X Corp. Elon Musk has sued the media watchdog group Media Matters to lure advertisers from the social network formerly known as Twitter, describing it as full of anti-Semitic content.
In a complaint filed in federal court in Texas, X accuses the NGO of “tricking the algorithm into believing that Media Matters wanted to see both hateful content and content from major advertisers.”
Apple, Comcast, NBCUniversal and IBM are among the major brands that halted their advertising on X last week, after Media Matters reported finding ads showing pro-Nazi content.
“This is a pointless trial aimed at silencing X’s critics,” Angelo Carusone, president of Media Matters, said in response to a request for comment from AFP.
“Media Matters stands by its information and expects to win its case in court,” he added.
The White House also accused Elon Musk on Friday of making a “vile promotion of anti-Semitic and racist hatred” in one of his X posts.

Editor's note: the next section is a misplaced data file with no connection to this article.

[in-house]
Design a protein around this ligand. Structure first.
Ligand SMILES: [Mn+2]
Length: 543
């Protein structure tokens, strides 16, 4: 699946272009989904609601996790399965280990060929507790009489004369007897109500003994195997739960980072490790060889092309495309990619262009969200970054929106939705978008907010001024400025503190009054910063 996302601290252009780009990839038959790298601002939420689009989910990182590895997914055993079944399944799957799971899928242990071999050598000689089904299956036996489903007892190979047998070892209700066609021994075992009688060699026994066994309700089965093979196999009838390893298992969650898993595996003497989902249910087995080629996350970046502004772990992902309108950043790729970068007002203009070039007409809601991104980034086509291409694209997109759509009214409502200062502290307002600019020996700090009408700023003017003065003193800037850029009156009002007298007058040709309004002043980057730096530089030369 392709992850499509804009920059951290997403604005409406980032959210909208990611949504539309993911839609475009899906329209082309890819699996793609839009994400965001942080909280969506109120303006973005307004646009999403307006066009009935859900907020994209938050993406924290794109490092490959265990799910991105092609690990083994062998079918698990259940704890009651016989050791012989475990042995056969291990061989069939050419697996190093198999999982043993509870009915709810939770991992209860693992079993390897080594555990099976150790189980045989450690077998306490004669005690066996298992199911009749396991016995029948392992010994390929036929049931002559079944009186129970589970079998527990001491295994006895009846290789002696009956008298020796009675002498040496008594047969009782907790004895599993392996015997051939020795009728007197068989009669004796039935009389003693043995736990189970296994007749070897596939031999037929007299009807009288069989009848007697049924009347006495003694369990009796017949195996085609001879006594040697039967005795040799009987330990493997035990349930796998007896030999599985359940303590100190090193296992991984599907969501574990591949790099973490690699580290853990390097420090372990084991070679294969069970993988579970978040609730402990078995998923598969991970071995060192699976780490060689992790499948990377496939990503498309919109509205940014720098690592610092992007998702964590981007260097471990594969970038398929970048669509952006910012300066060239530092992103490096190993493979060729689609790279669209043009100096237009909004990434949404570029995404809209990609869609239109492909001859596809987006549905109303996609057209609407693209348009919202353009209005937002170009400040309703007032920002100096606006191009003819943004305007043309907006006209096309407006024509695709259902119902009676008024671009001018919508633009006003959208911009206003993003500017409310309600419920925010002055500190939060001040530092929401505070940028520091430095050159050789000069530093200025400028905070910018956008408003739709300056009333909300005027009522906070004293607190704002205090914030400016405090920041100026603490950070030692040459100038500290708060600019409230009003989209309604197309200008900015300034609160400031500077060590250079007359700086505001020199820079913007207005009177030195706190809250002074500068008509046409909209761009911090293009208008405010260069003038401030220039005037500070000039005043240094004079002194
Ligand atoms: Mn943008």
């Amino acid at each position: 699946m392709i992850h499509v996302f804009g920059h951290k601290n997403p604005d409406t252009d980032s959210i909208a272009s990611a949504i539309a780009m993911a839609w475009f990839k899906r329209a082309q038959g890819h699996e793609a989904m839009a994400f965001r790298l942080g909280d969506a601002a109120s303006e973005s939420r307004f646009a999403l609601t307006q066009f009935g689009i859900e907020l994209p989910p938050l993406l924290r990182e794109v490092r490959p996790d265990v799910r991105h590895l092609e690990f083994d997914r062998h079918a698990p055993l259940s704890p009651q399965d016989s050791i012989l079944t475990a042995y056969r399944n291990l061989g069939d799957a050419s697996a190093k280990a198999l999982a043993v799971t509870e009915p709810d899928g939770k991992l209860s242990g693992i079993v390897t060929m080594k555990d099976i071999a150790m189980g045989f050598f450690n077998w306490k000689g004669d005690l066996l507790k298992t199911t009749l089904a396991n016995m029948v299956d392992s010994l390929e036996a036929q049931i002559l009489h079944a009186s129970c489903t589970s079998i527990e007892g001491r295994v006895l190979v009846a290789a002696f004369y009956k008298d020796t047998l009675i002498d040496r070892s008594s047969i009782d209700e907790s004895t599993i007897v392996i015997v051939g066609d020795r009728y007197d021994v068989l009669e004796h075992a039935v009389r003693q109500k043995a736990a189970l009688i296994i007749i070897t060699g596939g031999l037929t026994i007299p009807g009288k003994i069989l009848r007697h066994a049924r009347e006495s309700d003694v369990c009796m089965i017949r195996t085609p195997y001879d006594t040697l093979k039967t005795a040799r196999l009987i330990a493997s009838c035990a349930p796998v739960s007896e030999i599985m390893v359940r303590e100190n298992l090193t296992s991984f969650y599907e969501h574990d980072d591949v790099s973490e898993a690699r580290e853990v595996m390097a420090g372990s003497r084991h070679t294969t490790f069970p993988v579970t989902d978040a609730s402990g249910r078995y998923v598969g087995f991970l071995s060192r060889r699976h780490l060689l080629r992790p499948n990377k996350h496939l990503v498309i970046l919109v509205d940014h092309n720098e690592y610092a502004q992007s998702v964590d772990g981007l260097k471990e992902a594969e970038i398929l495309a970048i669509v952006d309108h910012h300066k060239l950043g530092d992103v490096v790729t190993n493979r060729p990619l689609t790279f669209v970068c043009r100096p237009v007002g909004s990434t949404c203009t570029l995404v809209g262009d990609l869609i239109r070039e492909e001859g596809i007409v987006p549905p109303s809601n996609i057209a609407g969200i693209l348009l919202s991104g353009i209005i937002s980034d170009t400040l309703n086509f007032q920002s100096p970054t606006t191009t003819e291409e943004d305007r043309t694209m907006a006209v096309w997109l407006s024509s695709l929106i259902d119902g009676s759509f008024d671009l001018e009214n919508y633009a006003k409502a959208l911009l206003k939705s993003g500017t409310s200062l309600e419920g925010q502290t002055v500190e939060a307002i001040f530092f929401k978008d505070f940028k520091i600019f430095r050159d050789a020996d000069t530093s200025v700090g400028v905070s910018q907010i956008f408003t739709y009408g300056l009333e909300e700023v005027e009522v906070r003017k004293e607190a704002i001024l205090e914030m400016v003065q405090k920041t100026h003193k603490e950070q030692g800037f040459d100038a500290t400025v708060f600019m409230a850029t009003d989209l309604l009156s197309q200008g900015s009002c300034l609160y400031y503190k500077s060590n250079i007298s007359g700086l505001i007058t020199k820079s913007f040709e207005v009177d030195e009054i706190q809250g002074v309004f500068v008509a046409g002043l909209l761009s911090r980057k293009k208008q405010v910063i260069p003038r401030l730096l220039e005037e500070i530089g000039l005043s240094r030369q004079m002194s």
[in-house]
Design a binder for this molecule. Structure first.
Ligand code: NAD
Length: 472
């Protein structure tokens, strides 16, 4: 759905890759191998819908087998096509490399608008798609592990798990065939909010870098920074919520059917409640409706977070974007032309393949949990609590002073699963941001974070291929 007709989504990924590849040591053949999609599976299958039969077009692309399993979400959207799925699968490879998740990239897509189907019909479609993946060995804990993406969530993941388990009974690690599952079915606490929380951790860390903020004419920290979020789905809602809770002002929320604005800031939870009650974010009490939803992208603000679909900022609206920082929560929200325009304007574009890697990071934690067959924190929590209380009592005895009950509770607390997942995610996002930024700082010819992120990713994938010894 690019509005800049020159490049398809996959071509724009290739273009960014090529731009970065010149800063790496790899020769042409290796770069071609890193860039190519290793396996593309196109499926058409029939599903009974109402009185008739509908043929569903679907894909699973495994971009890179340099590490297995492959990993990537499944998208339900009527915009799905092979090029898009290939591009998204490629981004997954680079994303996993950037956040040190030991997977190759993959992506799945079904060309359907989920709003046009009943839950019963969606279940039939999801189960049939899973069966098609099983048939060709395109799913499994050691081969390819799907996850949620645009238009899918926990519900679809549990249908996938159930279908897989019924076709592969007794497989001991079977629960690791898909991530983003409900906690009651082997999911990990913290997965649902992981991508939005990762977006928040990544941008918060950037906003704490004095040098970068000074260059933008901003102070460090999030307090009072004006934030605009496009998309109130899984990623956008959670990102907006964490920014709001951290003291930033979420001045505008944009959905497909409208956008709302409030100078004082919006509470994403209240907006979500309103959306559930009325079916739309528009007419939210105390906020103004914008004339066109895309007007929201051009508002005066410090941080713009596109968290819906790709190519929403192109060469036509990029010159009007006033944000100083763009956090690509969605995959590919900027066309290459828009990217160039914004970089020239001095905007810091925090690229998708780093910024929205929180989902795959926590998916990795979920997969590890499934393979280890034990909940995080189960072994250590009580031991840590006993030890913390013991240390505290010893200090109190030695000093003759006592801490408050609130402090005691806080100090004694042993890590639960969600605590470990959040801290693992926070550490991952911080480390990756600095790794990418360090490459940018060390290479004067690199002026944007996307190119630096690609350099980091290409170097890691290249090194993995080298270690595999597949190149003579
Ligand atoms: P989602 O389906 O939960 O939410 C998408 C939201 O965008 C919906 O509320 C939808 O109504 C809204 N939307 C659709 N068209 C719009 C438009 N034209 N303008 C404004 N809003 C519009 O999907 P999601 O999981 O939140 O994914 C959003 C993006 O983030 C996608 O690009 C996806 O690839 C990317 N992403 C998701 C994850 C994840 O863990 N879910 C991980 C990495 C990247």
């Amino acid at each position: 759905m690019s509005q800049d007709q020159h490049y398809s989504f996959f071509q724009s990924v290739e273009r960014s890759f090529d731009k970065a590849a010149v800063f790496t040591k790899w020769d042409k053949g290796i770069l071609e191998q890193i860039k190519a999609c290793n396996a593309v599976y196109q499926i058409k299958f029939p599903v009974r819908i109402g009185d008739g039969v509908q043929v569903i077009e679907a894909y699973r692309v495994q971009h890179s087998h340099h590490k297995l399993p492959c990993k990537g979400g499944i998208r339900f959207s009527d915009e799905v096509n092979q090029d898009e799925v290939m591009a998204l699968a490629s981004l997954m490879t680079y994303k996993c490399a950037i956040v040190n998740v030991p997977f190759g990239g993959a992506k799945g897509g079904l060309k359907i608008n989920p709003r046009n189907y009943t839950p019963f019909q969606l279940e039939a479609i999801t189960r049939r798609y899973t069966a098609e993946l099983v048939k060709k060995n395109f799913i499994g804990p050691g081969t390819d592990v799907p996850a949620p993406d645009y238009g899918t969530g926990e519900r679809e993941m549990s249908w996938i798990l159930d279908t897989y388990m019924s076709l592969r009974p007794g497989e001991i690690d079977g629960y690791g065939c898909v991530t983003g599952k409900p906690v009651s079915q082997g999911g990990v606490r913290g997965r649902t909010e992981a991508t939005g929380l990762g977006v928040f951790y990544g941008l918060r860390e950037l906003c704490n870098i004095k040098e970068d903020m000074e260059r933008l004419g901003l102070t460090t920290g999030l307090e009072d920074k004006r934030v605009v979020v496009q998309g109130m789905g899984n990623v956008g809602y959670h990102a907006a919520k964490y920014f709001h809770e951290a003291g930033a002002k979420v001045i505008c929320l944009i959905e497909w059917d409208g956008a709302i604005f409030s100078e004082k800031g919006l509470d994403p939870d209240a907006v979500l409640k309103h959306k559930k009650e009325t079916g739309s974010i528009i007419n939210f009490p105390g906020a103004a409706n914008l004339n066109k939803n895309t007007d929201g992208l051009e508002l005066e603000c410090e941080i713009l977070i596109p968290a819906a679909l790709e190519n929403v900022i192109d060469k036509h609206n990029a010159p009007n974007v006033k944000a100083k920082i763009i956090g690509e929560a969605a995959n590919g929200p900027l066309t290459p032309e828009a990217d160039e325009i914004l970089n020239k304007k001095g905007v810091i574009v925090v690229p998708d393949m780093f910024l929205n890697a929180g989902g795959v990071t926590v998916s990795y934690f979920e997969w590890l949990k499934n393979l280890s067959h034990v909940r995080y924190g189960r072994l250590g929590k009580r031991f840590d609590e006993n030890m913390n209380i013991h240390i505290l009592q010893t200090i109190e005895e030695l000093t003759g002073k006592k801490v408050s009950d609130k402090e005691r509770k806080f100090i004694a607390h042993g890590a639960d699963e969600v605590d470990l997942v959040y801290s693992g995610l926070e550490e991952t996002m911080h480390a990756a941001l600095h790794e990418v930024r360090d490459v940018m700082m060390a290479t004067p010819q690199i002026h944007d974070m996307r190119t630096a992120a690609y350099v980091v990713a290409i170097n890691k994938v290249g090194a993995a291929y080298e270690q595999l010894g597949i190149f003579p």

The billionaire responded Wednesday to the account owner, who wrote that Jews encourage “hate against white people,” with the message: “You spoke the exact truth.”
For Washington, the message merely repeats a popular conspiracy theory among white nationalists, according to which Jews have a secret plan to promote illegal immigration to Western countries to harm the white majority.
The complaint filed Monday makes no mention of Elon Musk endorsing this conspiracy theory, instead blaming Media Matters for recent advertising losses.
“Media Matters knowingly and maliciously fabricated images depicting advertising messages on the X Corp. social network alongside neo-Nazi and white nationalist content, and then presented these fabricated images as if they were the typical X user experience” , according to the complaint.
X asked the court to sanction Media Matters by asking it to pay damages in an unspecified amount and to take down its information.
Since taking the reins at Twitter a year ago, Elon Musk has eased content moderation, reinstated previously suspended extremist accounts and allowed users to pay for account verification, helping them capitalize on viral posts, but often inaccurate.